Now you’ve managed to boost your Instagram footprint, it’s time to convert followers into actual guests, and the formula for doing so can vary, big time. “In general, good social success is a mix,” says Glaberson who lists building up your community, keeping that community interested and active, and building up trust within your audience, as good ways to convert followers into real-life customers. It’s no secret that people are likely to visit (and come back to) establishments that mirror their own personalities or make them feel at ease; this is also true of any kind of Instagram content your bar will send out. From a technical point of view, you could also have a few tricks up your sleeve, explains Glaberson: “We’ve found that the new link in stories is working really well for clicks to website or direct bookings. And, if you have the budget, Facebook ads – when done strategically – can really drive results in terms of website traffic, purchases and bookings.”

As powerful as it is, Instagram can also be the front door for entering some major disappointment, for both the bar and the guests. According to Patrick Pistolesi, owner of Drink Kong in Rome: “The biggest risk comes from non-delivery. If you provide the online crowd with information about your bar – the menu you offer, the vibe you portray – they will eventually come to check all this out. They expect to feel and taste what you’ve been teasing them with, and if you don’t [deliver] it can lead to huge delusion.” Drink Kong relies on a professional social media management team, though Patrick underlines that “the final result depends on the bar team. Pictures and videos could be the best possible, but if the people working at the bar don’t play up to the standards you showcase, you are on the verge of failing.” Fougner drives home how fundamental it is to realise the importance of also being true to ourselves: “There can be tremendous pressure on social media to present perfection, but perfection is a myth, it doesn’t exist… If we understand [that], we can strive for excellence instead of succumbing to the pressure of creating the perfect social media presence.”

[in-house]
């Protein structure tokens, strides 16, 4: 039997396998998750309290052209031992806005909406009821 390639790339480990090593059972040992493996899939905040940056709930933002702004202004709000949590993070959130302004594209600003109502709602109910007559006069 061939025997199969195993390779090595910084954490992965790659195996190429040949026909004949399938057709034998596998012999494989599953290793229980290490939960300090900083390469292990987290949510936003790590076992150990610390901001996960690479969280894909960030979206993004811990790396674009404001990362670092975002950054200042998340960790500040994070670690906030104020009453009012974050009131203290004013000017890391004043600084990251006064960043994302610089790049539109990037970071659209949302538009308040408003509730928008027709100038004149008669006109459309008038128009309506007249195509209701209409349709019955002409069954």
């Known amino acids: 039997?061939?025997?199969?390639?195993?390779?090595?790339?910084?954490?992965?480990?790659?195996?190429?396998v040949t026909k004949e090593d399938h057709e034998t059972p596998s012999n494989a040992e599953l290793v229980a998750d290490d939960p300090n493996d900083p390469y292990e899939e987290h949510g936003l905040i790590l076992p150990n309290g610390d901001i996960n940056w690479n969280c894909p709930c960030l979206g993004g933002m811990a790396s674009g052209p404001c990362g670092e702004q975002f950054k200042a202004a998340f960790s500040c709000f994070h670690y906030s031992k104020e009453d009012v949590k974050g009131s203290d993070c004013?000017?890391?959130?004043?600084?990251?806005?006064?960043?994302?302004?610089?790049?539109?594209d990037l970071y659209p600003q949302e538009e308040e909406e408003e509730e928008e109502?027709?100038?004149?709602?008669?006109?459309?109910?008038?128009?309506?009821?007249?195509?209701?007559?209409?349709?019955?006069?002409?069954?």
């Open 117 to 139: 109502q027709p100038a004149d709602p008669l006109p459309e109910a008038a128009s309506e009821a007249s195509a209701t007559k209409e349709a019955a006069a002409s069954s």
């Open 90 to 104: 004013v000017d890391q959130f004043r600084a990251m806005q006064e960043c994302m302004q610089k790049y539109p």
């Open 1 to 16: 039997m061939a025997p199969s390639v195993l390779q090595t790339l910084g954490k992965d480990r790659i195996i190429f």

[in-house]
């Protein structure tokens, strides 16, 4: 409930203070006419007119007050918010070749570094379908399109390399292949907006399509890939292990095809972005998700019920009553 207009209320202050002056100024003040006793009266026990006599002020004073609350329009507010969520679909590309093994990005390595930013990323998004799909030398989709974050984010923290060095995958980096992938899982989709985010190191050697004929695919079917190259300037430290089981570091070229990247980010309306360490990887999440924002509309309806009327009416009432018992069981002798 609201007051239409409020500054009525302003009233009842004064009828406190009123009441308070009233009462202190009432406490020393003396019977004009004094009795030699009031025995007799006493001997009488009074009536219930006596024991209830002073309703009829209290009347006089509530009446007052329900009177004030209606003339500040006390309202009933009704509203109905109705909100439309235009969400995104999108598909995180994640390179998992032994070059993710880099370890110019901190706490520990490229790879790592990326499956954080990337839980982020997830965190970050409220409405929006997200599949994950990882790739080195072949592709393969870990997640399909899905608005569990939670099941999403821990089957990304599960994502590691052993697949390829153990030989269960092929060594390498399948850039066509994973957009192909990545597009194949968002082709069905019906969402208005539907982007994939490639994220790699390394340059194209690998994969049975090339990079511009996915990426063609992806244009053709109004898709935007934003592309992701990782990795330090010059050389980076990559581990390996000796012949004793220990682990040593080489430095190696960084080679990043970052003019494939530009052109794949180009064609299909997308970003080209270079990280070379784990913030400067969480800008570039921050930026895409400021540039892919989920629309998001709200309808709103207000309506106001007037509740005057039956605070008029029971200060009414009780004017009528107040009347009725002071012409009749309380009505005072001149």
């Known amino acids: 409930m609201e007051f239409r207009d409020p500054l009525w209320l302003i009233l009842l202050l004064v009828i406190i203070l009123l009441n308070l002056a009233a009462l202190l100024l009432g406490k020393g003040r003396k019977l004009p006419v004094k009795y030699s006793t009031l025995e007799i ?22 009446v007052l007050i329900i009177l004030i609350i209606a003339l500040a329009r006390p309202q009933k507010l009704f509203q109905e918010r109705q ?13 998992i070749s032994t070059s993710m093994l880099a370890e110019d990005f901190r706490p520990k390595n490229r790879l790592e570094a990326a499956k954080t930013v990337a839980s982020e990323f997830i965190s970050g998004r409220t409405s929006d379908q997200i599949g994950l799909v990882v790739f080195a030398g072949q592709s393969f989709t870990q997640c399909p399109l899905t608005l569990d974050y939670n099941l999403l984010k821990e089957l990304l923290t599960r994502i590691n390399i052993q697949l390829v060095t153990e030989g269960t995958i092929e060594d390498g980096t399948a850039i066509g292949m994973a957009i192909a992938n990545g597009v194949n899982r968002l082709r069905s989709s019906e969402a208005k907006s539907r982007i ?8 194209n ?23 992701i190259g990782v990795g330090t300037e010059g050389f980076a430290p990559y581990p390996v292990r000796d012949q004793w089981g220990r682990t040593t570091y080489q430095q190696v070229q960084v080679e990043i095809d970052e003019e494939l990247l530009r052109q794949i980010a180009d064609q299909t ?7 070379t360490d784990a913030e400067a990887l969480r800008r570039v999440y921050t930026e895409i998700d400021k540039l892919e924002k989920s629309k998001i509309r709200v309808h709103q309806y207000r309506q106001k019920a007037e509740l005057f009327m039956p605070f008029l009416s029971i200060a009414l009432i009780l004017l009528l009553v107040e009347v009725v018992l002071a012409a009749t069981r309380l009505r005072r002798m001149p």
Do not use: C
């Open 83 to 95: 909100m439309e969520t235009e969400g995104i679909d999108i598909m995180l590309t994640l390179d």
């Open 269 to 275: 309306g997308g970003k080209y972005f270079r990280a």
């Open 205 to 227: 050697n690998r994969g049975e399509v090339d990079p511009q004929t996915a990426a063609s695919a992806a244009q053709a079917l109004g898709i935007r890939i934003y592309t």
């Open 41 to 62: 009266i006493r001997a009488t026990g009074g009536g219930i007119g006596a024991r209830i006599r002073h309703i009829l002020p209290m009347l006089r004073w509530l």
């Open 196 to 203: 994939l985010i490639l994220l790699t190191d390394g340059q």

Patrick Pistolesi and Drink Kong’s team

Although privacy is important, allowing a sneak peek of what happens behind-the-curtains can be a good idea. “People tend to be more and more curious,” Pistolesi says. “They will want to know more about the bar behind-the-scenes, to really feel in-touch with their favourite [bars]. There is a lot to tell and to explain in a bar routine, so why not try to show all of it?” He’s also big on suggesting you showcase the human side of the bar, by doing things like posting a picture of the whole bar team, or even videos of some down-time post-shift. “It’s also nice to take your followers for a spin into the bar business, so don’t forget some content about brands you do collaborations with, the how and why of your menus and so on.” And keep in mind the previous point: your visual language should always match your actual one.

Instagram is changing all the time, so you should always be on the lookout for fresh tools or trends to keep your followers engaged. “As you’ve likely seen, we’re witnessing a huge shift towards video,” says Glaberson, “so whether you like it or not, this type of content is here to stay (for a good while anyway). Now is definitely the time to embrace it – those that don’t go with the big new social trends tend to see a drop in following and engagement over time,” she warns.
Also keep in mind that presentation can be more powerful than the drinks themselves, at least for a spectator: a guest will be much more likely to jump to booking if they see a genuine and homely vibe flowing out from your posts.

Being able to handle social media, Instagram particularly, can visibly improve your bar’s performances in terms of guests coming in. But for it to work properly, a big effort is needed and you’d better be aware of that. “It’s going to be an investment, whether it’s your time (running it yourself) or finance (outsourcing it). If you have very clear ideas about your brand from day one (so your audience, your USPs, your tone of voice and so on) things will run far smoother and efficiently,” advises Glaberson.
Social media pages are also where the majority of your guests will rant, in the (hopefully) unlikely case of a bad night at your bar – and it’s probably the biggest downside of it. Cold blood and flexibility are the perfect recipe to deal with online backlash: “Being active on DMs and reviews will ensure that you can be on the case for any negativity and respond before anything escalates,” Glaberson explains.
Also take that as an opportunity, Fougner suggests: “Accountability is something we can all do a better job at in this industry. If someone experiences backlash on social media, it can present an important learning opportunity for them to ask themselves one of the crucial questions: ‘Why?’.”

Carlo Carnevale